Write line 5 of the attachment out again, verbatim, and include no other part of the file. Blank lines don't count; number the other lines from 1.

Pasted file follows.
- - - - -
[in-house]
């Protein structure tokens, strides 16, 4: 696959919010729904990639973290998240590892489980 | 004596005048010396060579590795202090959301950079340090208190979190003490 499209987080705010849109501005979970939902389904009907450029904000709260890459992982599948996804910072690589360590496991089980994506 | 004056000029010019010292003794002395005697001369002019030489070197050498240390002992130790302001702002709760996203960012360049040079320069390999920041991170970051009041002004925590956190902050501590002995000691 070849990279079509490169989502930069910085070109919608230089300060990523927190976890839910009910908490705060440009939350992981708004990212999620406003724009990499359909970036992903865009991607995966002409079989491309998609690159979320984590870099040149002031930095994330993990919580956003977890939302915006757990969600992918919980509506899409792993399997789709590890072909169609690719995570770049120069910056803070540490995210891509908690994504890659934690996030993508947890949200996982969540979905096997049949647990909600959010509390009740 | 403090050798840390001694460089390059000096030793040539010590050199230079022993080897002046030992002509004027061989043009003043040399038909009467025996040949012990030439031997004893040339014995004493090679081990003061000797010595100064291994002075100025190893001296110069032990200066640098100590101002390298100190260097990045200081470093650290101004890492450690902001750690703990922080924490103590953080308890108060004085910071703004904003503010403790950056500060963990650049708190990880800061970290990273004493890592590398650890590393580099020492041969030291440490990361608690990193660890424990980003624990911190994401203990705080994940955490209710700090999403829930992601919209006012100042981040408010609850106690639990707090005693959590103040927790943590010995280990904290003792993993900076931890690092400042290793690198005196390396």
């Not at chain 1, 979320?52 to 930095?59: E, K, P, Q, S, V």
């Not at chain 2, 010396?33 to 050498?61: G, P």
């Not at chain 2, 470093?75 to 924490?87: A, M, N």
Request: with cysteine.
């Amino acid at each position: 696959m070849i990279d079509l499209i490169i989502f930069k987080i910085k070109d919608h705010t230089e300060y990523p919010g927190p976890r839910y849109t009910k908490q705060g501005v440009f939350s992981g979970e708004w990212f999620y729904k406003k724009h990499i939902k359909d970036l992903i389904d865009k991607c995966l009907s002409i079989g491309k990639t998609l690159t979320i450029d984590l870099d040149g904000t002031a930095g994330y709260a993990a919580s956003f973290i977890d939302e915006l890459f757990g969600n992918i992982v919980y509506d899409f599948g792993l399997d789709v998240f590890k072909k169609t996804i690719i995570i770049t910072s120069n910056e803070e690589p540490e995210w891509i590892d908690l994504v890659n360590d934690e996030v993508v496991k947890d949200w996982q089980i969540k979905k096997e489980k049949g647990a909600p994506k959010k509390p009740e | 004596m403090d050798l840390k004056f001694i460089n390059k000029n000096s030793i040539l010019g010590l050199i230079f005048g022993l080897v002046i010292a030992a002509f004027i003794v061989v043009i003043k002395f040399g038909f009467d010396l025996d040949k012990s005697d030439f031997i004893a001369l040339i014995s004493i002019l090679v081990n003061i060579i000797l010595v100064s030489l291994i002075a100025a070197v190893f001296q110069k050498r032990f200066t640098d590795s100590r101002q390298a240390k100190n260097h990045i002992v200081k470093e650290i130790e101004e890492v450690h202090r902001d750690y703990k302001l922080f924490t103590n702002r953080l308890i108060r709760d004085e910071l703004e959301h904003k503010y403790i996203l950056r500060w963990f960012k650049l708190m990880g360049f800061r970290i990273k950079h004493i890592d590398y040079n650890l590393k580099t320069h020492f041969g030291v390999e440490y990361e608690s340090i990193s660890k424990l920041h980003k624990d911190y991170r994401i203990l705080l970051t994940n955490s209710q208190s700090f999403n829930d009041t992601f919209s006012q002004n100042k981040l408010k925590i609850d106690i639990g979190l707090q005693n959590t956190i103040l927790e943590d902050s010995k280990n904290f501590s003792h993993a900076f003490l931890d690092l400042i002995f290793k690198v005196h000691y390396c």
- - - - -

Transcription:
């Not at chain 2, 470093?75 to 924490?87: A, M, N």